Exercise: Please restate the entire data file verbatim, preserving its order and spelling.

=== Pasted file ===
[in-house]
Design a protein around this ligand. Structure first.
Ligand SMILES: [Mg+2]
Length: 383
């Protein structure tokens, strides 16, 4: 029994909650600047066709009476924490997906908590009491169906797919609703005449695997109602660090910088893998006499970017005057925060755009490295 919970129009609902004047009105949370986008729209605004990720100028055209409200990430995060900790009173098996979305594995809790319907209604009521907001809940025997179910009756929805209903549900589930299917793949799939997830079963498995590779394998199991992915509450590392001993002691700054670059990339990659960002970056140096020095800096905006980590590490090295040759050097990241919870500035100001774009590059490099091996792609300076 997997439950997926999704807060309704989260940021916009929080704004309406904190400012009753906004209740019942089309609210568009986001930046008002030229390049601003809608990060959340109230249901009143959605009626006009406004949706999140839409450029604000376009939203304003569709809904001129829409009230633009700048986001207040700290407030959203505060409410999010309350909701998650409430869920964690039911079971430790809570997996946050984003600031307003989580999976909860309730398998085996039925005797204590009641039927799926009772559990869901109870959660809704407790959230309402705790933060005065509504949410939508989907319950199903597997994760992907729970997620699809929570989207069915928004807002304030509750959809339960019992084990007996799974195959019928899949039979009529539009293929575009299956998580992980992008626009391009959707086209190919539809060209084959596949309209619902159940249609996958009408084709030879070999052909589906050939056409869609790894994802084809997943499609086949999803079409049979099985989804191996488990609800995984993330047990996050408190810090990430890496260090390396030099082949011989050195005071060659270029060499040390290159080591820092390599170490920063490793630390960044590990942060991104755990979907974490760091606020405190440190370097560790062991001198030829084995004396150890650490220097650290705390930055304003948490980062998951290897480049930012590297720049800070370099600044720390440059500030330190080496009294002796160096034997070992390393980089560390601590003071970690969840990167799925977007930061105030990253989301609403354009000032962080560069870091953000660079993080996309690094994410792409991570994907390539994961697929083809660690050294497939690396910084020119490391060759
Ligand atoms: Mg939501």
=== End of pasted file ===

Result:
[in-house]
Design a protein around this ligand. Structure first.
Ligand SMILES: [Mg+2]
Length: 383
């Protein structure tokens, strides 16, 4: 029994909650600047066709009476924490997906908590009491169906797919609703005449695997109602660090910088893998006499970017005057925060755009490295 919970129009609902004047009105949370986008729209605004990720100028055209409200990430995060900790009173098996979305594995809790319907209604009521907001809940025997179910009756929805209903549900589930299917793949799939997830079963498995590779394998199991992915509450590392001993002691700054670059990339990659960002970056140096020095800096905006980590590490090295040759050097990241919870500035100001774009590059490099091996792609300076 997997439950997926999704807060309704989260940021916009929080704004309406904190400012009753906004209740019942089309609210568009986001930046008002030229390049601003809608990060959340109230249901009143959605009626006009406004949706999140839409450029604000376009939203304003569709809904001129829409009230633009700048986001207040700290407030959203505060409410999010309350909701998650409430869920964690039911079971430790809570997996946050984003600031307003989580999976909860309730398998085996039925005797204590009641039927799926009772559990869901109870959660809704407790959230309402705790933060005065509504949410939508989907319950199903597997994760992907729970997620699809929570989207069915928004807002304030509750959809339960019992084990007996799974195959019928899949039979009529539009293929575009299956998580992980992008626009391009959707086209190919539809060209084959596949309209619902159940249609996958009408084709030879070999052909589906050939056409869609790894994802084809997943499609086949999803079409049979099985989804191996488990609800995984993330047990996050408190810090990430890496260090390396030099082949011989050195005071060659270029060499040390290159080591820092390599170490920063490793630390960044590990942060991104755990979907974490760091606020405190440190370097560790062991001198030829084995004396150890650490220097650290705390930055304003948490980062998951290897480049930012590297720049800070370099600044720390440059500030330190080496009294002796160096034997070992390393980089560390601590003071970690969840990167799925977007930061105030990253989301609403354009000032962080560069870091953000660079993080996309690094994410792409991570994907390539994961697929083809660690050294497939690396910084020119490391060759
Ligand atoms: Mg939501």